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Joburg may call itself 'world class African city' after all

5 Dec 2013 12:01
The City of Johannesburg can continue to advertise itself as a "world class African city", following a ruling by the Advertising Standards Authority this week.

Can you imagine living in such a city? (Image: Wikimedia Commons)
On Monday the authority overturned an earlier decision in which it ordered the city to withdraw a radio advertisement where it claimed to be a financially stable world class city.

The advertisement, which boasted of the city's "many significant achievements", was heavily criticised by Johannesburg resident Steven Haywood, who lodged a complaint at the authority about it in July, after hearing it on Radio 702.

The advertisement included the words: "Imagine a city where you can rest assured, knowing that it is financially stable ... A city that continues to create new jobs despite the economic downturn. ... Can you imagine living in such a city? You do."

Haywood claimed that the commercial told "blatant untruths".

He questioned how the city could claim to be financially stable when it had received three qualified audits from the auditor-general; its waste-management service provider, Pikitup, was bankrupt and left "refuse lying in the streets for days"; and the Johannesburg Roads Agency was unable to repair the city's roads.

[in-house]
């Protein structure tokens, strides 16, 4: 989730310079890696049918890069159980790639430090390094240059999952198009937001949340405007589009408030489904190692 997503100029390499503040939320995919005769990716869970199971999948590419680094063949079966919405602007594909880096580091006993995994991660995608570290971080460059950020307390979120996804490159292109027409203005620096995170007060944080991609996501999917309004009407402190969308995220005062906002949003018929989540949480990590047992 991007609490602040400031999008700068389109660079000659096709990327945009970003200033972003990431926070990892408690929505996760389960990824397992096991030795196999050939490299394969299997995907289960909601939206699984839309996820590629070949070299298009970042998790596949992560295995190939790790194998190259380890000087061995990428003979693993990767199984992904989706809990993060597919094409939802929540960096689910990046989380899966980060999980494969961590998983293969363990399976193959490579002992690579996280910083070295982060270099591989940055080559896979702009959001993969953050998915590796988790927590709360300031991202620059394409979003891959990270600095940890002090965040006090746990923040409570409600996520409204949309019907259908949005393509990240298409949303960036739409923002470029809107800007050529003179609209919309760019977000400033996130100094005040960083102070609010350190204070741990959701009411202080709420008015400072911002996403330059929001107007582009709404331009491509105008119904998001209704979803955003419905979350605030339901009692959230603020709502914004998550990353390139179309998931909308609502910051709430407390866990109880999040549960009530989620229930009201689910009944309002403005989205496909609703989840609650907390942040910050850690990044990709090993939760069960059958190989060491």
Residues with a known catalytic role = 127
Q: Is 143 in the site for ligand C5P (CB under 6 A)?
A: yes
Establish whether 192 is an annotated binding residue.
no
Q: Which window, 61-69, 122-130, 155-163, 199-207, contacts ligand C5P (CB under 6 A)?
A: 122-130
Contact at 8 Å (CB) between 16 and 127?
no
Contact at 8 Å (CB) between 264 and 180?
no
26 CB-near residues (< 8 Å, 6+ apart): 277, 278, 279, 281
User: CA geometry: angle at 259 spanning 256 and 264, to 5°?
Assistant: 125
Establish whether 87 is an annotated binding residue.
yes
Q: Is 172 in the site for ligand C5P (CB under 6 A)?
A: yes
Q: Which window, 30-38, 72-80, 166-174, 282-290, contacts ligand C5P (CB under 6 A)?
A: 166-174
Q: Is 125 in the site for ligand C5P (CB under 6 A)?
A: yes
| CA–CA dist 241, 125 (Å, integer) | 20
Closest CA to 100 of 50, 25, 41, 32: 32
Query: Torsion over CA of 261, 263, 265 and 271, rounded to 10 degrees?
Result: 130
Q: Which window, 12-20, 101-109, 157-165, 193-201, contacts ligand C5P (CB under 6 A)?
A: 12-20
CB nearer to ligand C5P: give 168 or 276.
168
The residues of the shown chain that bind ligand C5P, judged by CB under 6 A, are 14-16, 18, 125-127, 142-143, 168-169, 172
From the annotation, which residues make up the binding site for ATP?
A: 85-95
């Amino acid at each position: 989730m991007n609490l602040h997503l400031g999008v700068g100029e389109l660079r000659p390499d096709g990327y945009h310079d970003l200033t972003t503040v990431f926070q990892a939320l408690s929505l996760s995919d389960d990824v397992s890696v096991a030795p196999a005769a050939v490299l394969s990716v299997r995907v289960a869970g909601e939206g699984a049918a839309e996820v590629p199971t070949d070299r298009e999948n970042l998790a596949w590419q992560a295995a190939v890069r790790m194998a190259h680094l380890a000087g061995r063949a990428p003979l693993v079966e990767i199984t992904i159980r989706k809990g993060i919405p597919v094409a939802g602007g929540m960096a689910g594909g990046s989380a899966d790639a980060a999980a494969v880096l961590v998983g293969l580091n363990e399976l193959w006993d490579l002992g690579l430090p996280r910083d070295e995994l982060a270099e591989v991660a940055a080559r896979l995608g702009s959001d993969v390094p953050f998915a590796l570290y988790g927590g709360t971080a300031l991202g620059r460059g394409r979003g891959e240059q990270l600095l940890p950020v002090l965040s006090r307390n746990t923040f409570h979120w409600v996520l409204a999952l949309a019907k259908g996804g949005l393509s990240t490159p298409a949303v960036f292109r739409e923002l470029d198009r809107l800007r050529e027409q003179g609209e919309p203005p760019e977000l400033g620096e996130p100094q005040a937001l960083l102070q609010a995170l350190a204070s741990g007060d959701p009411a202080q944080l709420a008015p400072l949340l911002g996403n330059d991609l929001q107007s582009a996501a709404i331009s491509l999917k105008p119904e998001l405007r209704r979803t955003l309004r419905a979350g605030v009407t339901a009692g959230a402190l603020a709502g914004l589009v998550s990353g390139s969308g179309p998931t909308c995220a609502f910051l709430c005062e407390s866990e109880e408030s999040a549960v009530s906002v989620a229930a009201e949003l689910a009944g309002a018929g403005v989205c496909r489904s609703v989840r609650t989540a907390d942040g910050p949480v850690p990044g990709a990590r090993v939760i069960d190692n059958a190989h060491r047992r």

The authority agreed that the claims were misleading and, in July, ordered the city to remove the advertisement and not use it again.

However, this was overturned on appeal this week, with the authority finding that the city could back up the claims in the advertisement, focusing exclusively on the fact that the city could prove it was financially stable. The city, which failed to respond to the original complaint before the authority made its ruling, argued that most of Haywood's allegations were on items not referred to in the advertisement and were incorrect.

Source: Business Day, via I-Net Bridge


I-Net Bridge
For more than two decades, I-Net Bridge has been one of South Africa’s preferred electronic providers of innovative solutions, data of the highest calibre, reliable platforms and excellent supporting systems. Our products include workstations, web applications and data feeds packaged with in-depth news and powerful analytical tools empowering clients to make meaningful decisions.

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Bob Lewis
It's surprising this strapline has been challenged after being used for so long - particularly as the challenge comes in the context of financial stability - which is about the only area in which Johannesburg might credibly claim to be 'world class.'

"A world class African city" is inherently problematic anyway.
It implies that there are other world class African cities - in which case the claim is largely meaningless, (i.e. simply implying, 'one of Africa's world class African cities' - so what?)

If the line were "The world class African city," it would make a clear and competitive proposition, albeit one of dubious credibility and probably attracting challenge from other countries on the continent.

And what exactly does 'world class' mean anyway? It's as meaningless as terms like "best of breed" (used outside of a dog show.)
Posted on 29 Jan 2014 15:19
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